Abstract and Keywords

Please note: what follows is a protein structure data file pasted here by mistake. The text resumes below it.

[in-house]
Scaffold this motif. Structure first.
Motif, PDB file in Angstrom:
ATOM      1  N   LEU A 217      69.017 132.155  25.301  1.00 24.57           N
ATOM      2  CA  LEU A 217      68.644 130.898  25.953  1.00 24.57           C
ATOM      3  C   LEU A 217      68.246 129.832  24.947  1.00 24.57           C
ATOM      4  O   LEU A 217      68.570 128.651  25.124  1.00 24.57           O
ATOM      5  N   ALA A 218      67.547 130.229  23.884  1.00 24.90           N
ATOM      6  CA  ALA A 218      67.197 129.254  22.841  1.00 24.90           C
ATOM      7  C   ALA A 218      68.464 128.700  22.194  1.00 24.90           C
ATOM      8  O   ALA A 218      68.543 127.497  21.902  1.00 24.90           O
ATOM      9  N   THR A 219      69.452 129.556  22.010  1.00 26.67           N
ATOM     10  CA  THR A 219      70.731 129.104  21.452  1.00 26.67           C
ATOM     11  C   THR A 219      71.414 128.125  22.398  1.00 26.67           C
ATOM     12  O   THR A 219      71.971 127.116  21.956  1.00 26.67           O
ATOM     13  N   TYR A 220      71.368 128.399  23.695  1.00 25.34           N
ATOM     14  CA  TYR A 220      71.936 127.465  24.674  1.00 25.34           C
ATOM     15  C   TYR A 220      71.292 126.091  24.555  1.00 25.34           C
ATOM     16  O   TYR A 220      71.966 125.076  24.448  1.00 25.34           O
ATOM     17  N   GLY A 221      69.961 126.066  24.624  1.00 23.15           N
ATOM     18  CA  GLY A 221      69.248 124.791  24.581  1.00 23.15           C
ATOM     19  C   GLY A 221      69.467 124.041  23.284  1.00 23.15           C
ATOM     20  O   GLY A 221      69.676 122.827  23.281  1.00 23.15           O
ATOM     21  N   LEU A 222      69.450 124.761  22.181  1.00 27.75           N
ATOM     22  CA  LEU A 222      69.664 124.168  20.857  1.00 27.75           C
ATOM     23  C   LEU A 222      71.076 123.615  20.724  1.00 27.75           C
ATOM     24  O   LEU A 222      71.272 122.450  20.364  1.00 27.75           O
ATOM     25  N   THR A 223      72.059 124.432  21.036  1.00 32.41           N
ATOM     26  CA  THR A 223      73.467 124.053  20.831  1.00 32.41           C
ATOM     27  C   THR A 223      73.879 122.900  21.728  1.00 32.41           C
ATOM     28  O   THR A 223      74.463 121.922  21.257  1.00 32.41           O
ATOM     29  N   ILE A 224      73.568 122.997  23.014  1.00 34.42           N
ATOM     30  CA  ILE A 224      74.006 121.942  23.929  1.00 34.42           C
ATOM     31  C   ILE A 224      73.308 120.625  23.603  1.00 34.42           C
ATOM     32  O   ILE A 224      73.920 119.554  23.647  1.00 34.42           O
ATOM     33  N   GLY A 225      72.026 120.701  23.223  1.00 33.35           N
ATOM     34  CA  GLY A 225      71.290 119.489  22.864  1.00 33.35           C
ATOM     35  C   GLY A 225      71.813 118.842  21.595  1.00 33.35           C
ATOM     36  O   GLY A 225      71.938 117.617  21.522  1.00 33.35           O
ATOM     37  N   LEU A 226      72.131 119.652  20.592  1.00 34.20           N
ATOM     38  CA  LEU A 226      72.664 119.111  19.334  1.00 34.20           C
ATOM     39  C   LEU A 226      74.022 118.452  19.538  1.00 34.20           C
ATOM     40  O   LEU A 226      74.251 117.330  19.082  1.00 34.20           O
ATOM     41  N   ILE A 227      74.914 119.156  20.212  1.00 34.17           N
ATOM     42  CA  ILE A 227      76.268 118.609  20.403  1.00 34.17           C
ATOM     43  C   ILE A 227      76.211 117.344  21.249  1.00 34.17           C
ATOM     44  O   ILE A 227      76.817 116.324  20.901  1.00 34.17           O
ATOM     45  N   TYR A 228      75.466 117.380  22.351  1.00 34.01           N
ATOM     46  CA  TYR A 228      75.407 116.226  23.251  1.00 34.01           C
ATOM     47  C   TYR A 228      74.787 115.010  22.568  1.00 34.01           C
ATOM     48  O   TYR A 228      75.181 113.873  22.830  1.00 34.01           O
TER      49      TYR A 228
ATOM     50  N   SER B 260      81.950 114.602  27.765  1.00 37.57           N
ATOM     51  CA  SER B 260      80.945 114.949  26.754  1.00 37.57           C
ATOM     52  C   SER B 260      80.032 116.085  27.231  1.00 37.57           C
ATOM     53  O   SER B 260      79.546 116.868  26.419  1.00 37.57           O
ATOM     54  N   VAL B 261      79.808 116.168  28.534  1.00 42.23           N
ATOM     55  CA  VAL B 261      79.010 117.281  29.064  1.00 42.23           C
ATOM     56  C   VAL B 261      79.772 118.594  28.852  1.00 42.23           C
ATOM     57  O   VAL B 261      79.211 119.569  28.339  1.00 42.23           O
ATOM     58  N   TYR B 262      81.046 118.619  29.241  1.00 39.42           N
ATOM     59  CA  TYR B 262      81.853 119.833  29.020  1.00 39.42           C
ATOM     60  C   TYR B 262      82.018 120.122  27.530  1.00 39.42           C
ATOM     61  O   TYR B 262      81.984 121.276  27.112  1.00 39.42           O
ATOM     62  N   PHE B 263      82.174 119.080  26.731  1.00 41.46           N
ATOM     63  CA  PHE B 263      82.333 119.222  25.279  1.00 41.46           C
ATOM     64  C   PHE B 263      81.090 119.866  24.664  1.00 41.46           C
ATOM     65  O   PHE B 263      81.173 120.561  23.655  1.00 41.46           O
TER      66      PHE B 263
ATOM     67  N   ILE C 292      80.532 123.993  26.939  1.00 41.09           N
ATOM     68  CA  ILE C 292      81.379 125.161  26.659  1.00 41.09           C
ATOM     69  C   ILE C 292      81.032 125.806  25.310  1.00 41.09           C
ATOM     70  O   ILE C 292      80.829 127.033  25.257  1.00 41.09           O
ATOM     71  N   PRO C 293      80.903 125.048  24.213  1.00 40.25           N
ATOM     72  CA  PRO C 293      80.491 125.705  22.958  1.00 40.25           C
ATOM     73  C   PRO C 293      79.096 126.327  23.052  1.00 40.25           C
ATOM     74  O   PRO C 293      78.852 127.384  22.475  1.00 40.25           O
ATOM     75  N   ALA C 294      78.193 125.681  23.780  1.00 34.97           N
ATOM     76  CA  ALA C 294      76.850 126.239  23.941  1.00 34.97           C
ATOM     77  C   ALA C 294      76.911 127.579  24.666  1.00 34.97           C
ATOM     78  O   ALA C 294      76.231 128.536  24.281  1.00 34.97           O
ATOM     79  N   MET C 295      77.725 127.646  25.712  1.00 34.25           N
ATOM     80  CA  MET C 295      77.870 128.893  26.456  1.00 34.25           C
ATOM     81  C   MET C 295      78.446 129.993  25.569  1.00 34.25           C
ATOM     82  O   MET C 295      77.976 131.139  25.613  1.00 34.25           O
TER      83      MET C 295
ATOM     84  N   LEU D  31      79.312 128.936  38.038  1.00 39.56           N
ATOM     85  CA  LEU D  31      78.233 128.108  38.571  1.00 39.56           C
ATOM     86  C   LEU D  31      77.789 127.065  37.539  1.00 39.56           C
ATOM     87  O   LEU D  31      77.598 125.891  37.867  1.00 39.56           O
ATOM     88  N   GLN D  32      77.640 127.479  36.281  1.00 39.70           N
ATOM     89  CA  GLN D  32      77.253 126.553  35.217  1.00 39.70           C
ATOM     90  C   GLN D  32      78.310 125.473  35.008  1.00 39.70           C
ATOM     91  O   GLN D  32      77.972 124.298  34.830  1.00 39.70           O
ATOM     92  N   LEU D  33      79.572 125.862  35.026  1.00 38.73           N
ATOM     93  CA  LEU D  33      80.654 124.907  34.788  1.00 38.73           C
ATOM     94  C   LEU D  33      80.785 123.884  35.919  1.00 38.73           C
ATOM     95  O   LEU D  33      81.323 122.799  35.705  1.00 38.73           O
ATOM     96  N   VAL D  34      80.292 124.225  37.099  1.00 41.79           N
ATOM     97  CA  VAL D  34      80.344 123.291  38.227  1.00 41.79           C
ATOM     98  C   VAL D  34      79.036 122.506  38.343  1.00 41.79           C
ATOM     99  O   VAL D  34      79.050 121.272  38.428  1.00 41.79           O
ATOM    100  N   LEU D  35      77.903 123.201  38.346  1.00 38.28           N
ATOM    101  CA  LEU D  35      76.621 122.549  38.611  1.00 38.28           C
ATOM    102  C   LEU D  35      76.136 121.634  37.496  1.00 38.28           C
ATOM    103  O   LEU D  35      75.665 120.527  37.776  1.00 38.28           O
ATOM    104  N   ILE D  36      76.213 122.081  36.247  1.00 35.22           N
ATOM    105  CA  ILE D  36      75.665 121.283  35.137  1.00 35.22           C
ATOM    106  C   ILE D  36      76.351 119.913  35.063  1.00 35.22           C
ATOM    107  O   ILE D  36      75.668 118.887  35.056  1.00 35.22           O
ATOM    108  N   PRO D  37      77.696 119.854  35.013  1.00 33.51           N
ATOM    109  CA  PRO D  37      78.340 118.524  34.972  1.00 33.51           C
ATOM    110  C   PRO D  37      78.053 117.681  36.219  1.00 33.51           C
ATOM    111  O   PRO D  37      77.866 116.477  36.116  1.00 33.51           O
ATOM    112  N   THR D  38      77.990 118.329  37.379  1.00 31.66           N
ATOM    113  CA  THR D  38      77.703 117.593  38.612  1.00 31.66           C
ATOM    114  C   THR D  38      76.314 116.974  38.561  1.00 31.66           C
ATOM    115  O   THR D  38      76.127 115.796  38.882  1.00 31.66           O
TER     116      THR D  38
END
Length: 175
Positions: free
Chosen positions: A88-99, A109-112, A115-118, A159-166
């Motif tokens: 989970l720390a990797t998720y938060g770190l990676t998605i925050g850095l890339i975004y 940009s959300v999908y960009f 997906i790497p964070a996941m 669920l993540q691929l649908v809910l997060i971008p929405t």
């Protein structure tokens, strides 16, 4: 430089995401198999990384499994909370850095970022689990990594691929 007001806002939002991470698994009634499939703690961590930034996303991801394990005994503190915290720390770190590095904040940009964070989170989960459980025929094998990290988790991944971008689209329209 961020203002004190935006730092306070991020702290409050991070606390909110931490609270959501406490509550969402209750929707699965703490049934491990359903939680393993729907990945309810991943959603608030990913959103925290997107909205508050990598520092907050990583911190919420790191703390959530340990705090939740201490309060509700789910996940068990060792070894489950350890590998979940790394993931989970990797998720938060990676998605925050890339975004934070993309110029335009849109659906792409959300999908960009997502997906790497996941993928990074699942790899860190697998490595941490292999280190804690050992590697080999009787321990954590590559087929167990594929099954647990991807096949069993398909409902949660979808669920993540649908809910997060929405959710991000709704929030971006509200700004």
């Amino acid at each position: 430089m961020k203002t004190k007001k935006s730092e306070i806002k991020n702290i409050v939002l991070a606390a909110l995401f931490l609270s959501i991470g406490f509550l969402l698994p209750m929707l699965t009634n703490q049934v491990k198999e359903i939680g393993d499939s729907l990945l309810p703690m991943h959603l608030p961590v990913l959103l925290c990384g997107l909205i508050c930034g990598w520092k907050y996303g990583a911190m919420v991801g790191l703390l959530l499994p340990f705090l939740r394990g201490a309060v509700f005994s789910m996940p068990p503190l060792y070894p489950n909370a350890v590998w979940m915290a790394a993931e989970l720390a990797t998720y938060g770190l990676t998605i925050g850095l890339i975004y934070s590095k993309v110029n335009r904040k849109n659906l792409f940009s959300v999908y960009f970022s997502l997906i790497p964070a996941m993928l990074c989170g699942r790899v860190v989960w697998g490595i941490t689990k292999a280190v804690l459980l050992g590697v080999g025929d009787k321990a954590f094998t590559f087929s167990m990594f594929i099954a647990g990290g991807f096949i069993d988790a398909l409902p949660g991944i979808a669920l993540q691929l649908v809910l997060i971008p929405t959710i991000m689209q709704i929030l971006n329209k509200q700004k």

This article provides a sketch of medieval teaching and learning as a lived experience, concentrating on practice rather than pedagogic theory and hence on a select number of texts that contain vestiges of this practice. The focus is on the formative period of the medieval schools from the late tenth to twelfth century, the period before the emergence of universities, and on those stages in which the chief concern was the arts of language—grammar and rhetoric in particular. Medieval primary education sought to teach linguistic skills while at the same time instilling a moral habitus through imitation of textual as well as human examples. The school was a consciously disciplinary system with an ethical purpose beyond the teaching of intellectual skills. For students, disciplina became internalized through emulation in a setting where the persona of the magister, demonstrating a living exemplum of learning and cultivation, occupied the center of attention. Two examples are presented that provide a sense of the conduct of teaching: one consisting of teaching materials from a monastic school milieu; and one from a cathedral school representing the work of a student. Both are from the decades around the year 1000 and from the German Empire, but they reflect practices representative of medieval schools throughout the period.
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